Na Kozonga is Jupiter and Okwess at a larger scale than ever before. They rise to those new heights in front of them, drawing on styles from around the world.
Canadian pop-punkers PONY release a debut, TV Baby, that hits close to home for millennials, and anyone who is a fan of 1990s alt-rock, pop-punk bands.
Sir Sly’s The Rise and Fall of Loverboy is an odd album whose musical styles and themes vary wildly from track to track but it ties everything together.
A veritable rainstorm of temporal noise pours down between sounds of early 20th century Japan and the audience on Sublime Frequencies’ Sound Storing Machine.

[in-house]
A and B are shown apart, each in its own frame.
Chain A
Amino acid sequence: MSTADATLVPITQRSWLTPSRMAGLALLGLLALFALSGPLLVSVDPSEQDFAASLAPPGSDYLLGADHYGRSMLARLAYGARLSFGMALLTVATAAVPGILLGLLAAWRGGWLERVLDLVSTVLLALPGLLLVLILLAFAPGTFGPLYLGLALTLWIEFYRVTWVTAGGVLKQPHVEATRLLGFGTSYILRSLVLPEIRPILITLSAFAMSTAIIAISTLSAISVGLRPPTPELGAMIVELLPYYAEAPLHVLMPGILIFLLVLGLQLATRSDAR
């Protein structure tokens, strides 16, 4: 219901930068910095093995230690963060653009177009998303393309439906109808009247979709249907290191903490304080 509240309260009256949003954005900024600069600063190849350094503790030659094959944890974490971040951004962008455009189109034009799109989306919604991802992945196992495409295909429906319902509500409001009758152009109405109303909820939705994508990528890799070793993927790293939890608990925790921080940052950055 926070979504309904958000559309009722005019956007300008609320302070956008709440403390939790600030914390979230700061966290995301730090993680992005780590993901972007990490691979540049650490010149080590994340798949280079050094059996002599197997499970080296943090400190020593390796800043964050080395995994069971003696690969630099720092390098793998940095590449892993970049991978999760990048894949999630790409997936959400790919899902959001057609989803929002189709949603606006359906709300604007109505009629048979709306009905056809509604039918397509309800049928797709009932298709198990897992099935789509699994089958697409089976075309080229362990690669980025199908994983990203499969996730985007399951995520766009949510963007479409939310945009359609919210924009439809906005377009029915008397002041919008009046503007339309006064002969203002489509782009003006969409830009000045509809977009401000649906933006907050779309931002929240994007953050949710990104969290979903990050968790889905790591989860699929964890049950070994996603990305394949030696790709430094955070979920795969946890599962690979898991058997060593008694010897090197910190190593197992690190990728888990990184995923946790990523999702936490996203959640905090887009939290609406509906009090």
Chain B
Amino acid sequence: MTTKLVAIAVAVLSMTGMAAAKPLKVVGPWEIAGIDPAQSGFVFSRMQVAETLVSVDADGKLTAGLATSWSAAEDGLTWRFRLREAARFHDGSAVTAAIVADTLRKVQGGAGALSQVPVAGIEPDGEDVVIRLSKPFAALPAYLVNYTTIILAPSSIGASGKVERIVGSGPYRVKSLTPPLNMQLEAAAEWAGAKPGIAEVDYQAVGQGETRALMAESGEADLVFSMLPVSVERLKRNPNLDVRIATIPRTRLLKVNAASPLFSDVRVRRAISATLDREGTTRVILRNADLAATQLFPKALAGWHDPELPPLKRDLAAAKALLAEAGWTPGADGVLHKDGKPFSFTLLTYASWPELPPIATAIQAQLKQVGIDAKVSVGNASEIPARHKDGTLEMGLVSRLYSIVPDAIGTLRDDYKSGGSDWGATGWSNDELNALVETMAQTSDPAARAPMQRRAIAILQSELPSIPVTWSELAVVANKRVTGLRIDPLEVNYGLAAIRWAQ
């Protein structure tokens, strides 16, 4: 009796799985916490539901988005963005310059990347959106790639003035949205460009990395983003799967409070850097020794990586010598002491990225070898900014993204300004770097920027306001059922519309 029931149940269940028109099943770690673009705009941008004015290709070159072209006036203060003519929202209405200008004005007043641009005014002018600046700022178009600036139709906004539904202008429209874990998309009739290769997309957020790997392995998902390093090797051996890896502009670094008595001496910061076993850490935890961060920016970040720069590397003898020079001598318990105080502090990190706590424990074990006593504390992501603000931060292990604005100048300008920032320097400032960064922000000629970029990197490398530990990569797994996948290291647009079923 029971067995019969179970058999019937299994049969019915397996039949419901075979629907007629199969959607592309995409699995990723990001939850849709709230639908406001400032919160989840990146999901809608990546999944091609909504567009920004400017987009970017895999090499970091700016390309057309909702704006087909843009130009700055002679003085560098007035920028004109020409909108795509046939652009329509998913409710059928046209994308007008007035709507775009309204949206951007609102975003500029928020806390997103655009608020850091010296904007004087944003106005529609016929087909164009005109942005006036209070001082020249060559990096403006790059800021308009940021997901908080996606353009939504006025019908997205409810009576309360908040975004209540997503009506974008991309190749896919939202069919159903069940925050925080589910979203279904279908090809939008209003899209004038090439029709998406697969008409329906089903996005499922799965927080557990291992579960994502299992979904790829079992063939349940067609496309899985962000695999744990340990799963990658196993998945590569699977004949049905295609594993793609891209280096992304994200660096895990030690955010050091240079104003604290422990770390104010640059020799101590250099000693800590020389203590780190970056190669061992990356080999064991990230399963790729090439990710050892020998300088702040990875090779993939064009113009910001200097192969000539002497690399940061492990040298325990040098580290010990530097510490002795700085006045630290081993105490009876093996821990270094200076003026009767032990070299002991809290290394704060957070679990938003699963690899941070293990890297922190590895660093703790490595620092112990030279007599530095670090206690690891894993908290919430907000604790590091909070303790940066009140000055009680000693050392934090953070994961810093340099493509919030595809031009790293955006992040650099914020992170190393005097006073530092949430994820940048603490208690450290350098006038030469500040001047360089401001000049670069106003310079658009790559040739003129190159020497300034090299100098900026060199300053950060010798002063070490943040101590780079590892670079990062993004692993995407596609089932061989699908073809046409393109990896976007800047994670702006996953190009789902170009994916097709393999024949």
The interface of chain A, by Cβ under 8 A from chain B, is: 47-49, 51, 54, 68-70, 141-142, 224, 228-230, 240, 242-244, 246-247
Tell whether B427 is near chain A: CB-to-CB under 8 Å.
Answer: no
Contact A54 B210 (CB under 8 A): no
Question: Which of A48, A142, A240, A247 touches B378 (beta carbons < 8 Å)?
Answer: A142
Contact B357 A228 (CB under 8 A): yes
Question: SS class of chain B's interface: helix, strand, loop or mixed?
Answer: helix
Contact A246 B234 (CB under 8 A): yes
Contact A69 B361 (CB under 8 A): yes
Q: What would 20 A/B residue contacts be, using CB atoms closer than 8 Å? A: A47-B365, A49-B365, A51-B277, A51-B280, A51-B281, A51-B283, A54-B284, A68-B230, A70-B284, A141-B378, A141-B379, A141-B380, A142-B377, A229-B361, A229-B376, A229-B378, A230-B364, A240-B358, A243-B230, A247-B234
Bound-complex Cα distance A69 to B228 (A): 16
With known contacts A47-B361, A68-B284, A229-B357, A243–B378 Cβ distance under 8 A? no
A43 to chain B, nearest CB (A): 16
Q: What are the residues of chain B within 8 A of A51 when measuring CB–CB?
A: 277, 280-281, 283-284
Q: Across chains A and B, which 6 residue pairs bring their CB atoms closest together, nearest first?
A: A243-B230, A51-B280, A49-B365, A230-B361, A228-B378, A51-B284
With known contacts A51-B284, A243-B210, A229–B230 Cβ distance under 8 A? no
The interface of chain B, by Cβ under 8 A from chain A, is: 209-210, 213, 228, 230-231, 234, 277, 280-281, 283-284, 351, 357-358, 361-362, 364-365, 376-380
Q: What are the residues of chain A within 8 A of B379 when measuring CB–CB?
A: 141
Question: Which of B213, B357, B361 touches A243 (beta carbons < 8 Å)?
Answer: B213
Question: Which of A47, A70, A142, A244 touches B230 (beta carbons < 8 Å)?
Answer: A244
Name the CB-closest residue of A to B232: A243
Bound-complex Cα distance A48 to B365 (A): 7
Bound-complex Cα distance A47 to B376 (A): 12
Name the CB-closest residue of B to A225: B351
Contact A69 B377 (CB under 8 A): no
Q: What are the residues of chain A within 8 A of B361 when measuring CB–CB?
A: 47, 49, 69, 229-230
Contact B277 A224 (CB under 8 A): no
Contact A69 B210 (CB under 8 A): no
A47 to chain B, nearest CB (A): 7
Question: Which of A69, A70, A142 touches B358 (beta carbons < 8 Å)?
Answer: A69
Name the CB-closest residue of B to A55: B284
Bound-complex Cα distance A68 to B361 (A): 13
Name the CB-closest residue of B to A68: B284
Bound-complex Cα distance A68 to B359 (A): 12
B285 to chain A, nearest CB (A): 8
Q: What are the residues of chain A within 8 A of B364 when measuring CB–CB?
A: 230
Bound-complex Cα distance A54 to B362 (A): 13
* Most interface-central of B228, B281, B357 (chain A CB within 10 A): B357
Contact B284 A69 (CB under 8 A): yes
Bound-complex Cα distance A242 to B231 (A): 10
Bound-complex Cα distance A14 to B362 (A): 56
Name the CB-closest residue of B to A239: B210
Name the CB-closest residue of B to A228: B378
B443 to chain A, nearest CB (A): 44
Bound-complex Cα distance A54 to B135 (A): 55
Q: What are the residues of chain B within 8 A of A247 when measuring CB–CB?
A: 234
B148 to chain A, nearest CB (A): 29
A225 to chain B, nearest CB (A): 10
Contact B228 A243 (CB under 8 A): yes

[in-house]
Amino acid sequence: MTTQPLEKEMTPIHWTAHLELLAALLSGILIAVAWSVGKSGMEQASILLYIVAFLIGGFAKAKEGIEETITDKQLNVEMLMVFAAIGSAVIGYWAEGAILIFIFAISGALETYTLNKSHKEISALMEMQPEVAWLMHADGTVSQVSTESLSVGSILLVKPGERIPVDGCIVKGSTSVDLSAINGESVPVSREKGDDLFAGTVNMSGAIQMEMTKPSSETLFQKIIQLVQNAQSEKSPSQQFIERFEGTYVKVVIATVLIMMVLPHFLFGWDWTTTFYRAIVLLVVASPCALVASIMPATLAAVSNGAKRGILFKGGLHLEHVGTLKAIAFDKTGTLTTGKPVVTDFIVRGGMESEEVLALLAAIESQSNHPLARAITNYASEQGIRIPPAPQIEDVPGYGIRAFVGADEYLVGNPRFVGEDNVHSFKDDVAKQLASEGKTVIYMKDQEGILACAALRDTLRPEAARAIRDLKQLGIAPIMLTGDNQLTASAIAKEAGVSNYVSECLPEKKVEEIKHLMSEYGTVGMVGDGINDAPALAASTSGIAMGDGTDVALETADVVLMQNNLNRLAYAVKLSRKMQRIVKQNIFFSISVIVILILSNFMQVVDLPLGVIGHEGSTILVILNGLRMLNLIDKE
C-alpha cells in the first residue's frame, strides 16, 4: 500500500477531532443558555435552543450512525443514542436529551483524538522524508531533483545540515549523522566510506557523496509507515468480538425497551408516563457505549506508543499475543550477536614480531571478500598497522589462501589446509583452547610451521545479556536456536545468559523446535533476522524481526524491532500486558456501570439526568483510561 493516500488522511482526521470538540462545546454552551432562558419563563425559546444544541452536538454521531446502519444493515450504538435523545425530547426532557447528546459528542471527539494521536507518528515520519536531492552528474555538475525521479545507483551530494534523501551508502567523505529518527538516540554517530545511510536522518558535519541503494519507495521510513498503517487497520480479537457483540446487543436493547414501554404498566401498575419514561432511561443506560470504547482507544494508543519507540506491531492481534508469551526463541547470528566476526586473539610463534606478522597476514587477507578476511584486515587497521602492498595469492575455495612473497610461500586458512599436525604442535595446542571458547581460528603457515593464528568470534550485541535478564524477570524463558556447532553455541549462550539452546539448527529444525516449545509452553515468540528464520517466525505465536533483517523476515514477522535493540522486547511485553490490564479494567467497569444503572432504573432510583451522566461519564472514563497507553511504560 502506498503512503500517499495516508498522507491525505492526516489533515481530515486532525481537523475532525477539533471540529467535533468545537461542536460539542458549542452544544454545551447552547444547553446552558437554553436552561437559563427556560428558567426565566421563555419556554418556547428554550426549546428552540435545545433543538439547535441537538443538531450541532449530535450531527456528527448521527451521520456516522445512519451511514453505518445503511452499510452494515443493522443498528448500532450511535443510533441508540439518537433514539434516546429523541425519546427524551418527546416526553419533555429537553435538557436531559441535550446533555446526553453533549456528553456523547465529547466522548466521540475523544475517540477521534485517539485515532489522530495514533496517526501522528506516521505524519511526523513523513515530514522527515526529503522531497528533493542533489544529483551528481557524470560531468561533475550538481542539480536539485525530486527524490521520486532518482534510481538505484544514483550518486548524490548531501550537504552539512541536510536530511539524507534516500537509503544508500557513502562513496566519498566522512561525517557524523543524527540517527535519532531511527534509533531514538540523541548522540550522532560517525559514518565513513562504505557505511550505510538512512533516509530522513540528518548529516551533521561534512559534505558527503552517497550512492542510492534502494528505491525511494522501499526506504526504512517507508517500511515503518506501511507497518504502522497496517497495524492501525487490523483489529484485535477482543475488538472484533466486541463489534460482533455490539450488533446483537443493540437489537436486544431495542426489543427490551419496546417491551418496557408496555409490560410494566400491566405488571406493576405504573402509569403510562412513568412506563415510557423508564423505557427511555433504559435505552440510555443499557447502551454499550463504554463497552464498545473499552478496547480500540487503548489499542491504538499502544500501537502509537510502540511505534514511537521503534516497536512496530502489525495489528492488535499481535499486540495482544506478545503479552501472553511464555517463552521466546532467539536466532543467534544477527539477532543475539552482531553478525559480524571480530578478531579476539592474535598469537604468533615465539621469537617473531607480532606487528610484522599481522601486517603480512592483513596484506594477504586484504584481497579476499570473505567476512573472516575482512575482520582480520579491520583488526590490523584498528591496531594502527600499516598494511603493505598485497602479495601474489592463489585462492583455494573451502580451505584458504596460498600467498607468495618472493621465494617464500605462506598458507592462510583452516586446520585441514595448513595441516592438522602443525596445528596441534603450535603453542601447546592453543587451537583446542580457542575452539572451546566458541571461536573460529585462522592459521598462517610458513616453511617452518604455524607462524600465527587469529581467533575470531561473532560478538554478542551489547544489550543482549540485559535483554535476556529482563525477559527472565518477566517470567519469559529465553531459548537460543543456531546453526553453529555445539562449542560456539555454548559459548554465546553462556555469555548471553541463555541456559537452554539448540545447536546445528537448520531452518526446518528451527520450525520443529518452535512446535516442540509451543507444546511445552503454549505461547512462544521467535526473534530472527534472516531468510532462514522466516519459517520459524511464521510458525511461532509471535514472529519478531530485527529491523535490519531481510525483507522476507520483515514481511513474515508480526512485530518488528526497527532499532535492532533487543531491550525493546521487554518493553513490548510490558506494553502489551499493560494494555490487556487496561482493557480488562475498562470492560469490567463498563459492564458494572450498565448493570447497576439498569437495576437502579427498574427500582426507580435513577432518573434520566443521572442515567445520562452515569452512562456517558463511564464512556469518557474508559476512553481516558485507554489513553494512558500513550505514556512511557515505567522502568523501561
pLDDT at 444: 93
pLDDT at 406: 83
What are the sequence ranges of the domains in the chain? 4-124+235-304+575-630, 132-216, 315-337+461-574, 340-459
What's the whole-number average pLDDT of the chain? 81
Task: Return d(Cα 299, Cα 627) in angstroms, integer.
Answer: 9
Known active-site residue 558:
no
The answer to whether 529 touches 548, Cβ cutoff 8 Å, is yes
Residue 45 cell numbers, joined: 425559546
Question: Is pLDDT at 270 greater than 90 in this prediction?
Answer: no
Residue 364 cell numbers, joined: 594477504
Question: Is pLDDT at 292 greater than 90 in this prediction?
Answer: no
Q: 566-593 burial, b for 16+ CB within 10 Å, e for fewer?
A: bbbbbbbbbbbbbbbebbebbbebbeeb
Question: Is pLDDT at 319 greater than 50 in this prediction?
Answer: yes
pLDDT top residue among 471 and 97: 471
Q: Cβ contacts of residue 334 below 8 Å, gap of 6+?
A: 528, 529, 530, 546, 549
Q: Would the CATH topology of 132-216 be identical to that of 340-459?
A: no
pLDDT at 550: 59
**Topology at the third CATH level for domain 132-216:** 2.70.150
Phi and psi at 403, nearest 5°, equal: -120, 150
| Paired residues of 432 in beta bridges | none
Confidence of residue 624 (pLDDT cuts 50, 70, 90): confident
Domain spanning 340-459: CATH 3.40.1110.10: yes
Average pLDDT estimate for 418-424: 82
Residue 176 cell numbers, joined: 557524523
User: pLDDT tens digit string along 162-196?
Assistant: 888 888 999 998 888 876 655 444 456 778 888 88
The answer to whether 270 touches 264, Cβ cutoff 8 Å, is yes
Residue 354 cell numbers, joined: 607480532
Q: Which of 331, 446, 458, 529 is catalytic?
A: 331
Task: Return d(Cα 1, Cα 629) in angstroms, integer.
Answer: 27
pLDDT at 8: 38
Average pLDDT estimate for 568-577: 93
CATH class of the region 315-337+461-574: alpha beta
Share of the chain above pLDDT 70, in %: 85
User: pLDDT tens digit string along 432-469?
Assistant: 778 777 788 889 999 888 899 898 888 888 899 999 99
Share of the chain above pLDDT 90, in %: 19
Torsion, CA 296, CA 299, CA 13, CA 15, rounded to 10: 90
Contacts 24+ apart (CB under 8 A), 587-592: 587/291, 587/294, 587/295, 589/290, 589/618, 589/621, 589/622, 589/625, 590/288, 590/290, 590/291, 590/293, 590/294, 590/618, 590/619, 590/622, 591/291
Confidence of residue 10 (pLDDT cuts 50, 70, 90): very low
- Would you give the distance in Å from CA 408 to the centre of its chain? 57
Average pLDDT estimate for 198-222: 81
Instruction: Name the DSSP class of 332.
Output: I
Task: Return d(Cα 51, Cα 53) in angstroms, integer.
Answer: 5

Brian Charette combines jazz organ combo swing, rock grooves, and an impressionistic woodwind quartet mimicking the B3 sound on Power From the Air.
Sublime Frequencies’ Mien Yao may be a work of preservation and posterity, education, or meditation. Its careful production allows for all of these things.
Tune-Yards’ sketchy conceptually asks a lot of its listeners and does it right up front: should the purpose of music be to entertain or to instruct?
For Vivian Leva and Riley Calcagno, preserving tradition is paramount. Their debut LP is a hearty nod to the string bands and country-folk of old.
Kid Congo and the Pink Monkey Birds’ Swing From the Sean DeLear is a much-needed breath of fresh air and a celebration of life here on earth and beyond.
Greta Van Fleet seem to lack even a passing familiarity with the last four decades of recorded music on The Battle at Garden’s Gate.